IFCO has initiated, advised, and given support to hundreds of community-based projects in all regions of the US, and has stimulated progressive social ministry in many local churches. IFCO’s work has focused on both domestic and international issues: on civil and human rights, education, housing, and health care; women’s rights, farmworkers’ rights, Native Americans’ rights; sterilization abuse, grand jury abuse; and the support of liberation struggles around the world. Among the tools IFCO has used to fulfill its mission are technical assistance, training, grassroots education, networking, and the creation of new organizing models.
Since its inception, IFCO has provided support for grassroots community organizing projects in urban and rural regions across the United States.
IFCO’s international work, which began in Africa in the 1970s, has focused on Central America and the Caribbean since the early 1980s. IFCO’s project Pastors for Peace was founded in 1988, one day after IFCO’s founding director, Lucius Walker, Jr., survived a first-hand terrorist attack by the Nicaraguan Contra forces. The project was designed to respond to the brutality of that so-called “low-intensity war” with actions based in peaceful resistance.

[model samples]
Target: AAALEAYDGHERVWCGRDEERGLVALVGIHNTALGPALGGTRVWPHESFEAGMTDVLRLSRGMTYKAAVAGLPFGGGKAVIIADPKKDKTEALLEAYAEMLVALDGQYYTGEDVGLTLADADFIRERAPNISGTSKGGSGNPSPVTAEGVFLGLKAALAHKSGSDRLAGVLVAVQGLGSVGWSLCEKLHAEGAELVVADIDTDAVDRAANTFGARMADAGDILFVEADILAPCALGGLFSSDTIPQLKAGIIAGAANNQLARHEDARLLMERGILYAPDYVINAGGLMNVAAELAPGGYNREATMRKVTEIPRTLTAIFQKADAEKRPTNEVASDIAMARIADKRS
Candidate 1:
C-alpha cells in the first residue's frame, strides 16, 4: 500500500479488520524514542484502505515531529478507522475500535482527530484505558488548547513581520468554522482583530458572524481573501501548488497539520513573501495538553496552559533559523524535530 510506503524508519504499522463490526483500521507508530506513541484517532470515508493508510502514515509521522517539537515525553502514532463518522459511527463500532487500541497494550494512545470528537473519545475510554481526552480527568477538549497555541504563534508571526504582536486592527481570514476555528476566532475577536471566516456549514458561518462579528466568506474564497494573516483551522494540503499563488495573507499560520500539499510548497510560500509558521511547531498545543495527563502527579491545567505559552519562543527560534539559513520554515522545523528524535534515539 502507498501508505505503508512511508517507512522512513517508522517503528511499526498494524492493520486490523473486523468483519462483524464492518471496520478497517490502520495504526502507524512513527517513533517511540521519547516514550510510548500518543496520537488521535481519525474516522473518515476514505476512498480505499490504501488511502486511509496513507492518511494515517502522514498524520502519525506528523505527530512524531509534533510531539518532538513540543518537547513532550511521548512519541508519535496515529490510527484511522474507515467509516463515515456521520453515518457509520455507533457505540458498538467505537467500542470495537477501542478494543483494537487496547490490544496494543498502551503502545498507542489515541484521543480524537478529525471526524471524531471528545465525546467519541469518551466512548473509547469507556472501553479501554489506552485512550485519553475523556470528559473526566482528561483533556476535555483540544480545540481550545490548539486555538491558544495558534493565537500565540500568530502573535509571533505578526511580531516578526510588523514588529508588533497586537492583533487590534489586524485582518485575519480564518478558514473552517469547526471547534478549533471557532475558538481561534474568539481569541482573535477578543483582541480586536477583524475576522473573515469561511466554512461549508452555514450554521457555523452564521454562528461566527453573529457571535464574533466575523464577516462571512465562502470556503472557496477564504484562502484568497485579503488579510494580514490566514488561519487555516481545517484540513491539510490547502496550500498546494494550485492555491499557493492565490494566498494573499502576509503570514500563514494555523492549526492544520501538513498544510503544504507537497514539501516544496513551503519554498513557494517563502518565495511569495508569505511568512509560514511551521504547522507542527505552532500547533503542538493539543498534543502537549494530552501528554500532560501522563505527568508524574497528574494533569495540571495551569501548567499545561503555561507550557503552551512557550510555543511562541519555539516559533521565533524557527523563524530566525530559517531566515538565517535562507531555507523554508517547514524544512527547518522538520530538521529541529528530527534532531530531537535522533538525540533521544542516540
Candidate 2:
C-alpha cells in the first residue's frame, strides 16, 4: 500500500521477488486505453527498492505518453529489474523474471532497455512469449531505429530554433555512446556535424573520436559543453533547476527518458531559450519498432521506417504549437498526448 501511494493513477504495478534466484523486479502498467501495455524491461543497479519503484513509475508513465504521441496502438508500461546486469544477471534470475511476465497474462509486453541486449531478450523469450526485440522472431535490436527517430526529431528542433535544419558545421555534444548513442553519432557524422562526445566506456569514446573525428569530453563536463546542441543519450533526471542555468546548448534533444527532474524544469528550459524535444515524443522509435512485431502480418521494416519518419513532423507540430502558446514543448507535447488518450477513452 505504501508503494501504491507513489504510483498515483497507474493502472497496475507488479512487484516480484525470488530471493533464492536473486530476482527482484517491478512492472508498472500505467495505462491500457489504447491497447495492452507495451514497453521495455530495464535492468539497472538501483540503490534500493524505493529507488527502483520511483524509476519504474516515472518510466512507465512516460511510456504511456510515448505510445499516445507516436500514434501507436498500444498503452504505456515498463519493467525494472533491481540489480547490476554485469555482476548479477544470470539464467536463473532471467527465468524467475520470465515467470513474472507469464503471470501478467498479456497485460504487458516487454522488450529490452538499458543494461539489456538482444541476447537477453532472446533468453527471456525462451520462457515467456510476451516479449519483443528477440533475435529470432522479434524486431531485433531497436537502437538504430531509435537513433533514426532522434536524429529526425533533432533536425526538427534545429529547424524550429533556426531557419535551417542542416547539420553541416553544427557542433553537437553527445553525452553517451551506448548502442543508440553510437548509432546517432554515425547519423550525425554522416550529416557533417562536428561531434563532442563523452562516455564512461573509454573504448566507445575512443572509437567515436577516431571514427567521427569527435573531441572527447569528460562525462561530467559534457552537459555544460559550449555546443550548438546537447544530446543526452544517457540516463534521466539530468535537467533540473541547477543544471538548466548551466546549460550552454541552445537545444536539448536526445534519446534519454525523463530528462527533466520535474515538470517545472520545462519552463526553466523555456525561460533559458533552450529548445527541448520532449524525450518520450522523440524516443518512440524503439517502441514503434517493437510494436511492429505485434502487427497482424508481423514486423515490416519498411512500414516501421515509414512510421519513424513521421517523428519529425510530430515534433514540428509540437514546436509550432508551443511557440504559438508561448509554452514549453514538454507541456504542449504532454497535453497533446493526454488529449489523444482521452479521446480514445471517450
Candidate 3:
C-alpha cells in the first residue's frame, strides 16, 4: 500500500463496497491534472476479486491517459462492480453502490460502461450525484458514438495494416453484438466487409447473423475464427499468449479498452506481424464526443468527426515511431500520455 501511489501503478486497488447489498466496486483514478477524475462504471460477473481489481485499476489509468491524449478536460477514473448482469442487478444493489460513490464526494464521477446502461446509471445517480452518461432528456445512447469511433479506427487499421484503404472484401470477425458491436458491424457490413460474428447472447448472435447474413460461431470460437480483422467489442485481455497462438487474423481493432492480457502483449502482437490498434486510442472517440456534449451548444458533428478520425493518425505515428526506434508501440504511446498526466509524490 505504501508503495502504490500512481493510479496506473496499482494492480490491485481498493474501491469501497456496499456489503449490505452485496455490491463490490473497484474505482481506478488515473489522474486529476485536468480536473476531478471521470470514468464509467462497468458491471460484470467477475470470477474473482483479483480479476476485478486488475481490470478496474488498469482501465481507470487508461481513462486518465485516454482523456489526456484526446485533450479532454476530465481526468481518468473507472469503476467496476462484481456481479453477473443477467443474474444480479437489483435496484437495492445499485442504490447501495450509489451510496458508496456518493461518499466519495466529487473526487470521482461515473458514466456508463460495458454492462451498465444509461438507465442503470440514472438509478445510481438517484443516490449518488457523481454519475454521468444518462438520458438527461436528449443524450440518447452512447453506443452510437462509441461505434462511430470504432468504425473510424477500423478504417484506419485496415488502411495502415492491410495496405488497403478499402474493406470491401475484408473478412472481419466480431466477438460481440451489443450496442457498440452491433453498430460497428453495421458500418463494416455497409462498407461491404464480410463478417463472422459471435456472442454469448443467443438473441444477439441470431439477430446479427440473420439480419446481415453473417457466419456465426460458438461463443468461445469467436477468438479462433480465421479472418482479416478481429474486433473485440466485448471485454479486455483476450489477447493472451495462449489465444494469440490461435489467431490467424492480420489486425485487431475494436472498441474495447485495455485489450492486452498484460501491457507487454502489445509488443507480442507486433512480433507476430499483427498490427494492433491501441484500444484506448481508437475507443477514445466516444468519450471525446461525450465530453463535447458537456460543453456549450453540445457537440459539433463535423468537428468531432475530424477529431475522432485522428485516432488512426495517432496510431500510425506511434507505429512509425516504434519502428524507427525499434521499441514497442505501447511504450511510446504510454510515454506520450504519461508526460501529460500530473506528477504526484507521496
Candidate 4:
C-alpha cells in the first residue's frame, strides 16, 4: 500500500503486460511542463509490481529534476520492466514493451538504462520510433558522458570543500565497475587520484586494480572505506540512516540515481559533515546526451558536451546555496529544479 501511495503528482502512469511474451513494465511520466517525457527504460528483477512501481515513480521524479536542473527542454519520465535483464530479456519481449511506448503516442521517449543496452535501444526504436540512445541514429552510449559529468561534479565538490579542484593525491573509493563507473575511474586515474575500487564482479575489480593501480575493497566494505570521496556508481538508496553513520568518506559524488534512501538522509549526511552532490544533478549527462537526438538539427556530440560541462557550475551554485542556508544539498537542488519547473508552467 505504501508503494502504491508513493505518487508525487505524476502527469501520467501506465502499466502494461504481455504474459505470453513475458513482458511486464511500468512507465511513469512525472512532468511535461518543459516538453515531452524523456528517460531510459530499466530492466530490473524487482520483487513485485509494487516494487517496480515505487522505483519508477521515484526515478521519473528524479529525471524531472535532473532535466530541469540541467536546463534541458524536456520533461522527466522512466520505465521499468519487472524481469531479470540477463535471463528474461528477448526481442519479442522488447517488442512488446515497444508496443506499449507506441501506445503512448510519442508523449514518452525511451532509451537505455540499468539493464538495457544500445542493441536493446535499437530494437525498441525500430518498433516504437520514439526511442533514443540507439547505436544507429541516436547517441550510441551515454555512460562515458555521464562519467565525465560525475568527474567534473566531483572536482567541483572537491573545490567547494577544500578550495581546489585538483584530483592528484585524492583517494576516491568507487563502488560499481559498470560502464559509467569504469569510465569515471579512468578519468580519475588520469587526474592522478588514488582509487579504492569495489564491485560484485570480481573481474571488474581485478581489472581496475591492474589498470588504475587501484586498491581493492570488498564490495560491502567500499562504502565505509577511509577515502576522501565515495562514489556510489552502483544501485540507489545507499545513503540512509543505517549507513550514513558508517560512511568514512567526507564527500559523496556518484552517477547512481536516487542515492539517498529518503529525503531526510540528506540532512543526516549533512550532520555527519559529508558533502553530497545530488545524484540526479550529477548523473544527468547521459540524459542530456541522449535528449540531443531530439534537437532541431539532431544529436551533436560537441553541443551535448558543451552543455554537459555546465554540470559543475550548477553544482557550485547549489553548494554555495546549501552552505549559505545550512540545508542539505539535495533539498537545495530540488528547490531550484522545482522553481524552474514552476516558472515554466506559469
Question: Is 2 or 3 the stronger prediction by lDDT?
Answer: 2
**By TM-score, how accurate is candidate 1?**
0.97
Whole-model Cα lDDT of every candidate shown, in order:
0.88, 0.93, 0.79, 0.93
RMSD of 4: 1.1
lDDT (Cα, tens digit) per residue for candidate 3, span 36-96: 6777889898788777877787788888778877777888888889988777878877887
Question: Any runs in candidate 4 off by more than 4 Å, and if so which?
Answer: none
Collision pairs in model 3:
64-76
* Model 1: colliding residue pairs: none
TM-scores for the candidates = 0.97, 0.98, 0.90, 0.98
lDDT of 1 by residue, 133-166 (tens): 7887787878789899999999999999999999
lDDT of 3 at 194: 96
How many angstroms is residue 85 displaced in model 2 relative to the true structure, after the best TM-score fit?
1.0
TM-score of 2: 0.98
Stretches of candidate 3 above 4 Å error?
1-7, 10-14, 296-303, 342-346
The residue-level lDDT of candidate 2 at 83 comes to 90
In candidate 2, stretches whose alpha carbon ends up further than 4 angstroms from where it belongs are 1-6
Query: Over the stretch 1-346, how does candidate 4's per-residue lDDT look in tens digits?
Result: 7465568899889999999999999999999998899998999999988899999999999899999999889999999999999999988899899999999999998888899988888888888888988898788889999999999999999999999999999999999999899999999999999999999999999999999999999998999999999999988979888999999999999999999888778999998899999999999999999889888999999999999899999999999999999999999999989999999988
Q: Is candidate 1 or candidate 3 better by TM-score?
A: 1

The objective of our first Pastors for Peace caravan was to galvanize direct hands-on solidarity with the victims of US foreign policy in Nicaragua — to educate US citizens at the grassroots about the brutality of US policy, and to engage them in actively resisting that policy by sending aid to the Nicaraguan people. Over the years the project has grown and generalized; since 1988, we have successfully organized dozens of caravans of humanitarian aid to Nicaragua, El Salvador, Guatemala, Honduras, Chiapas (Mexico) and Cuba. In many ways, the culmination of this work has been the series of annual “Friendshipment” caravans which IFCO/Pastors for Peace delivers to Cuba. Since 1992, IFCO has worked to bring an end to the immoral and unjust US economic blockade of Cuba and has provided humanitarian aid to the Cuban people through Friendshipment caravans, construction brigades and educational delegations. These caravans have delivered countless tons of humanitarian aid to the Cuban people, as a nonviolent direct challenge to the brutal US economic blockade of Cuba. The caravans, brigades and delegations have also provided an opportunity for numerous US citizens to see Cuba with their own eyes. In addition to the Friendshipment caravans to Cuba, IFCO organizes study tours, delegations, construction brigades, speaking tours, exchanges, and advocacy projects in various parts of Central America and the Caribbean, all in favor of a more humane US foreign policy in our hemisphere. IFCO also provides support for grassroots community organizing projects in urban and rural regions of the United States.